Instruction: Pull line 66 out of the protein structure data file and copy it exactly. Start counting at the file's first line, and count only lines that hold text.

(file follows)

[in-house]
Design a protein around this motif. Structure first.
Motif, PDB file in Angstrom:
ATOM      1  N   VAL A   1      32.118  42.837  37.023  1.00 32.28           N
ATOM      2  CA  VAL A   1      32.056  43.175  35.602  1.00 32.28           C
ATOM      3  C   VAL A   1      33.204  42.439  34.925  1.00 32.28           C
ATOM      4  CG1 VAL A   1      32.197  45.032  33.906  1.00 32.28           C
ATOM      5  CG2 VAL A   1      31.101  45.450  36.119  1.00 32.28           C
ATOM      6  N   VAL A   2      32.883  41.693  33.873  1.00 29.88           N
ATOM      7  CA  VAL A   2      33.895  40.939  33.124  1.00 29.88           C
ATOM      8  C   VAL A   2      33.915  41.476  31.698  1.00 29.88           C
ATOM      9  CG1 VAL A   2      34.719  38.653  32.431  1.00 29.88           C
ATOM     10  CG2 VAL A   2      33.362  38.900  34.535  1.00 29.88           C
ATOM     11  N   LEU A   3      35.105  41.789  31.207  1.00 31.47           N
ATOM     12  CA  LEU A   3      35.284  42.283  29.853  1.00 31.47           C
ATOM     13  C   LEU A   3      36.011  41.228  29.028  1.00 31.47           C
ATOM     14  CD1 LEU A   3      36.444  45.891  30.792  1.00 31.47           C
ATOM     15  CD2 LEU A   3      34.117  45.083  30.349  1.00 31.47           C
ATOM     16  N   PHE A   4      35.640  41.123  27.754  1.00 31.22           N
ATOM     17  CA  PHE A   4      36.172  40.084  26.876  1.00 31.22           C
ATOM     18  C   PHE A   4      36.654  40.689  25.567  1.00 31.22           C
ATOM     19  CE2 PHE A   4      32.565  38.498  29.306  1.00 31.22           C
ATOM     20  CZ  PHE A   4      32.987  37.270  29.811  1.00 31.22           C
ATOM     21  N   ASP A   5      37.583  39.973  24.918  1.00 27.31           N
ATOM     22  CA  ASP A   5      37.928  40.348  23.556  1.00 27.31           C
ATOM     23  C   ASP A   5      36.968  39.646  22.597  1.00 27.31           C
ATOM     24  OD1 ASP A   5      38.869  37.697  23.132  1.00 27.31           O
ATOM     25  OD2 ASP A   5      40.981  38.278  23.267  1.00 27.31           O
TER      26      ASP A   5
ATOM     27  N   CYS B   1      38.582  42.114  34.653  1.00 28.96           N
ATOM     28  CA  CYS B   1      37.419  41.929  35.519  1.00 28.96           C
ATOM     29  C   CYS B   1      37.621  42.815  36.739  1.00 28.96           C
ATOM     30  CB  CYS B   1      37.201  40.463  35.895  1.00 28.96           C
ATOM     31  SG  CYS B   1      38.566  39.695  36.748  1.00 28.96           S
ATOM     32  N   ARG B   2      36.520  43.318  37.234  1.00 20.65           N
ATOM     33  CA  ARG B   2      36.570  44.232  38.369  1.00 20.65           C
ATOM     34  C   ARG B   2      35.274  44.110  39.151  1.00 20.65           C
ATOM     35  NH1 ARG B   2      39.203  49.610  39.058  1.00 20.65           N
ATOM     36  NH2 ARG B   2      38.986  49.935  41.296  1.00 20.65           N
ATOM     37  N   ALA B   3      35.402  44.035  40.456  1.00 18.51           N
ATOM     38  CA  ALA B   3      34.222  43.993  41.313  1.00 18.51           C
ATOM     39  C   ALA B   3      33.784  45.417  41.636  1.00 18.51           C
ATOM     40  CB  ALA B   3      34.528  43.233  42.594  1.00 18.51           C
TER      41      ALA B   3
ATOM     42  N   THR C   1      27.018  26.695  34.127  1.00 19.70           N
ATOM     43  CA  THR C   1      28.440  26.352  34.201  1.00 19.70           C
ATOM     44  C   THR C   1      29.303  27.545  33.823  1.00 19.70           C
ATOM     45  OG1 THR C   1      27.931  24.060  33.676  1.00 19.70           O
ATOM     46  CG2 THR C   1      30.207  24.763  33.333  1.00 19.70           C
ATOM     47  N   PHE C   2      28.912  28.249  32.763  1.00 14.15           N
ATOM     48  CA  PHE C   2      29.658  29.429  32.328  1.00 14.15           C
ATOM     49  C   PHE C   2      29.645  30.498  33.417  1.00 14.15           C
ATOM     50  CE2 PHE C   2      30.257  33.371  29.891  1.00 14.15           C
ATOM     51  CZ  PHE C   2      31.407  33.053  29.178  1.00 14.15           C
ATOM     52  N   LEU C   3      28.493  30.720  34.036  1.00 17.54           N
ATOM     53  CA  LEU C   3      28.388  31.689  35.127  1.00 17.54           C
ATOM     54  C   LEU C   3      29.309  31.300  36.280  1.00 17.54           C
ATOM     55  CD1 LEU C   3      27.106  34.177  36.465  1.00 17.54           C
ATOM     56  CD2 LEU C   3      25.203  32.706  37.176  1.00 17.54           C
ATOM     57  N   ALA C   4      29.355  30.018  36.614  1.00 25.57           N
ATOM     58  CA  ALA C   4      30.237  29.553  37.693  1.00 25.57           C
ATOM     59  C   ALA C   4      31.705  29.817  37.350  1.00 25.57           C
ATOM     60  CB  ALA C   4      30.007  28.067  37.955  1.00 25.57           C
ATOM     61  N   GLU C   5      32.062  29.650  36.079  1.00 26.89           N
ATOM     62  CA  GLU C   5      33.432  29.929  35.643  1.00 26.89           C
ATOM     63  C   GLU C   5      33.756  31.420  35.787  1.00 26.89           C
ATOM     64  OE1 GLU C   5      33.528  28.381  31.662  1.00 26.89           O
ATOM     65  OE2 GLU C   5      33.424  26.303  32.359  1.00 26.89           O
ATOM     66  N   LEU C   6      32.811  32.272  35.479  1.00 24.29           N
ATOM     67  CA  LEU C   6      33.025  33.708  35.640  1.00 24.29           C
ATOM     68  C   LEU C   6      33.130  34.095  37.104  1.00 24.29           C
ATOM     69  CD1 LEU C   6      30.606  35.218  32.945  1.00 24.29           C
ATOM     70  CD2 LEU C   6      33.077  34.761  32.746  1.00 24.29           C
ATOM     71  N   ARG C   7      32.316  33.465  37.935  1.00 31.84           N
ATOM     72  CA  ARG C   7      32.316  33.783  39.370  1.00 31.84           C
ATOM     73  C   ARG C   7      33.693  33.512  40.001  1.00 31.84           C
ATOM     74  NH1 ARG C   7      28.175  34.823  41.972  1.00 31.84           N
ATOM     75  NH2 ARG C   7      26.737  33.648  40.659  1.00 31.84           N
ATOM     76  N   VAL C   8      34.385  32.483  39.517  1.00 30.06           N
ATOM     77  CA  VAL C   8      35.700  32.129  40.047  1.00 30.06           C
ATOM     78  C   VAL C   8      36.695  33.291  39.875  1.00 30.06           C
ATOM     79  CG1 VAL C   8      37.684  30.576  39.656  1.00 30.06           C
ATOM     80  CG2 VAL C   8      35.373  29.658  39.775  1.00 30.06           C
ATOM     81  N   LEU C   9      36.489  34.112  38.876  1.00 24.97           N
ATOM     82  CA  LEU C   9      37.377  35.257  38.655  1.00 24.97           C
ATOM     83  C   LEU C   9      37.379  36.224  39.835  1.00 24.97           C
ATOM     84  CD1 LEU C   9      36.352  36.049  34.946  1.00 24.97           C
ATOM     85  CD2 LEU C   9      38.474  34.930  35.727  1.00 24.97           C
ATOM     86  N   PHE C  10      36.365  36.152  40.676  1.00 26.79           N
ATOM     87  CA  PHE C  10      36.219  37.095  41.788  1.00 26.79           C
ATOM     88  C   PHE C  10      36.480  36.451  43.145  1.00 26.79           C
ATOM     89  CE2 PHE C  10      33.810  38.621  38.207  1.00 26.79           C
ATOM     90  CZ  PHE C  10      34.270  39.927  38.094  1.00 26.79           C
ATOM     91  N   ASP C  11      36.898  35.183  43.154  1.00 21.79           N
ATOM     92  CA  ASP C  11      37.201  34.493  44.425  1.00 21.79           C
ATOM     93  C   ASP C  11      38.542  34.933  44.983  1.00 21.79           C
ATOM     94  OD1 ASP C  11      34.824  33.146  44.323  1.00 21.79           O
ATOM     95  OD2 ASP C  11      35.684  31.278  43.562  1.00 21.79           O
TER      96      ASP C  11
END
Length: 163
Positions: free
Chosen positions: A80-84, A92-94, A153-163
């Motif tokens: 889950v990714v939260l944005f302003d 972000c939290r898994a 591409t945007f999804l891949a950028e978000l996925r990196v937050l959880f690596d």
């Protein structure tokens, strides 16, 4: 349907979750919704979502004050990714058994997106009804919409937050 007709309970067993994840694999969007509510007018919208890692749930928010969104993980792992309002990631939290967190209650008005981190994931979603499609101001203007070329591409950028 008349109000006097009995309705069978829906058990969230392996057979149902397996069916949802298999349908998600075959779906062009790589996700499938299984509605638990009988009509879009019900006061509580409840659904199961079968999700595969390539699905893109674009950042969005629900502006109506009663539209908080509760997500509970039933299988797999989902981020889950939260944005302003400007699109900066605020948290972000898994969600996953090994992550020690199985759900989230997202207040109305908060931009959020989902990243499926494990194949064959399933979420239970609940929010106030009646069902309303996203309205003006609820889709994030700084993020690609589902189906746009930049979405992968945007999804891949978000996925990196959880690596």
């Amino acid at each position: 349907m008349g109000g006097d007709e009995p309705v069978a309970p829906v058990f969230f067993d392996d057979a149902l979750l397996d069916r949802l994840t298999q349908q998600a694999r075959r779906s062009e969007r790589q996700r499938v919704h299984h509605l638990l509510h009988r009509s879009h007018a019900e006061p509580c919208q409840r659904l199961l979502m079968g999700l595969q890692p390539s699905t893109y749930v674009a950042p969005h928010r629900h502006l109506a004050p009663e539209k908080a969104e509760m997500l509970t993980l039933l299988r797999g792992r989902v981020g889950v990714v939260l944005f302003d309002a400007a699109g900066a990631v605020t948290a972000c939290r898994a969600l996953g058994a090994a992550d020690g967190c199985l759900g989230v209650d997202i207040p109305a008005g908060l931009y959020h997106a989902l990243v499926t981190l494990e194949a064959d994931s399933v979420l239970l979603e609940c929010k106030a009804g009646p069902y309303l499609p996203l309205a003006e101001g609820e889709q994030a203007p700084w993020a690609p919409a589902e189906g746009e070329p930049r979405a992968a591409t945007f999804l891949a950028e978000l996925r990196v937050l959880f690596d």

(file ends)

ATOM     63  C   GLU C   5      33.756  31.420  35.787  1.00 26.89           C